The more total inversion of the superhero formula happens by the final act, when instead of the expected battle royale climax, our hero can't simply punch his way out of the problem. His gadgets and wealth can't even help. Batman realizes he just needs to physically assist regular people caught in a cataclysm. He's pulling folks from the flood, doing what any good person would do given the situation and the strength to follow through. He realizes that just being a vigilante is not just not enough, but actively bad. His parallels with the online-demagogue supervillain actually cut into the fabric of the narrative rather than hang back as de rigueur "we're not so different, you and I" wallpaper. The Riddler assumes Batman has been on his side all this time, and it at least appears to gut the dude. Guess we'll see where it goes from here, but I like that ending rug-pull from beneath the eternal vengeance fantasy of the Batman character.

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Anyway, I could probably morph the below notes into something more coherent, but I was pretty amused to see what I jotted down while watching the movie last night. Here are some mostly dumb thoughts I had during The Batman, plus a couple texts to my Batman-obsessed friend who isn't on LB:

- So relieved this needle drop was actually Nirvana and not another goddamn slowsad cover

- Thomas Wayne shooting as a quick local news recap. Yes!

- "Thumb. Drive." glad there's some humor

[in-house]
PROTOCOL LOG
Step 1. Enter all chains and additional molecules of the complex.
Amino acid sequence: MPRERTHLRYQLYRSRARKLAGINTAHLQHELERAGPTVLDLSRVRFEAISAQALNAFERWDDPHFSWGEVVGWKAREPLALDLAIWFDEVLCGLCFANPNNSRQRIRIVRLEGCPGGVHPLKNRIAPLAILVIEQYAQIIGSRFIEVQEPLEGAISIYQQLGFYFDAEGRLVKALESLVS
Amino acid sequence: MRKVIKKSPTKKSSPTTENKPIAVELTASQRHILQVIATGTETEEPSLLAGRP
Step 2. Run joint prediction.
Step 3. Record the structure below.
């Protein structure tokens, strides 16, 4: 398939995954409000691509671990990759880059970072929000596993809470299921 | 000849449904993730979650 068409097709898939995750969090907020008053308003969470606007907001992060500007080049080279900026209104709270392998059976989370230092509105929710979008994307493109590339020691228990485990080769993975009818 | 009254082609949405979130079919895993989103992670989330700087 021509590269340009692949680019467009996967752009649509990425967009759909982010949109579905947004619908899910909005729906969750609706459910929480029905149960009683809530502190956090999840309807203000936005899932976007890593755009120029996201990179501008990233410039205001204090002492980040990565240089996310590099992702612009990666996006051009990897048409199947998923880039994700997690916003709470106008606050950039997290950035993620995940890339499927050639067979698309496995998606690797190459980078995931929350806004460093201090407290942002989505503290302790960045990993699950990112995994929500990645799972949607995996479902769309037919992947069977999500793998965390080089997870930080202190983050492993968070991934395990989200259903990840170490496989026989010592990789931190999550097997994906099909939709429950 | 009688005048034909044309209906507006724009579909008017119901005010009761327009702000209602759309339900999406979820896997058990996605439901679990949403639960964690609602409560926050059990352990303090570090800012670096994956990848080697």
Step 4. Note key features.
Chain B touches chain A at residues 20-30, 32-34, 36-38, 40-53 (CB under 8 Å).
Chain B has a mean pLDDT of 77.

- The twins from Leftovers!! (note: I am currently rewatching The Leftovers and wow is it incredible)

- Big Arkham game vibes from the fight in the club

- Lurid Hitchcock / DePalma style peeping perspective when Batman watches Catwoman in her house, echoing that intro shot but y'know, all horny

- Se7en vibes? Like on top of the obvious Zodiac vibes

- John Turturro!!

- Escape from police station an inversion of the cop bat escape from Begins - love how it ends in a cool but funny & vulnerable screwup getaway

- music is really good, especially for a superhero movie. they generally opt for bland filler or an endless series of pop tunes, but Giacchino brings some subtle heat here

- Gun flare gun kata scene! Equilibrium! (now I wanna revisit that one)

- the ending motorcycle split with Catwoman. Very Fincher, very Girl with the Dragon Tattoo, wish it was just slightly more low key, ending on that wide shot of the bikes going toward and away from the camera

- they could've kept it languid paced but 20+ mins shorter, but I didn't mind the length because what was there was good

- definitely felt like a neo noir, including the fact that he didn't miraculously save the day

- avoided the military porn aspect of SO many comic book movies!!

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btw I was gone for a full week traveling with my family and it felt great to spend that time mostly offline and off my phone, but I missed my LB friends! I've got some catching up to do with my movie logging but I had to start with the one I watched right after we got home because hey I finally saw the most watched movie of the year, months late as usual lol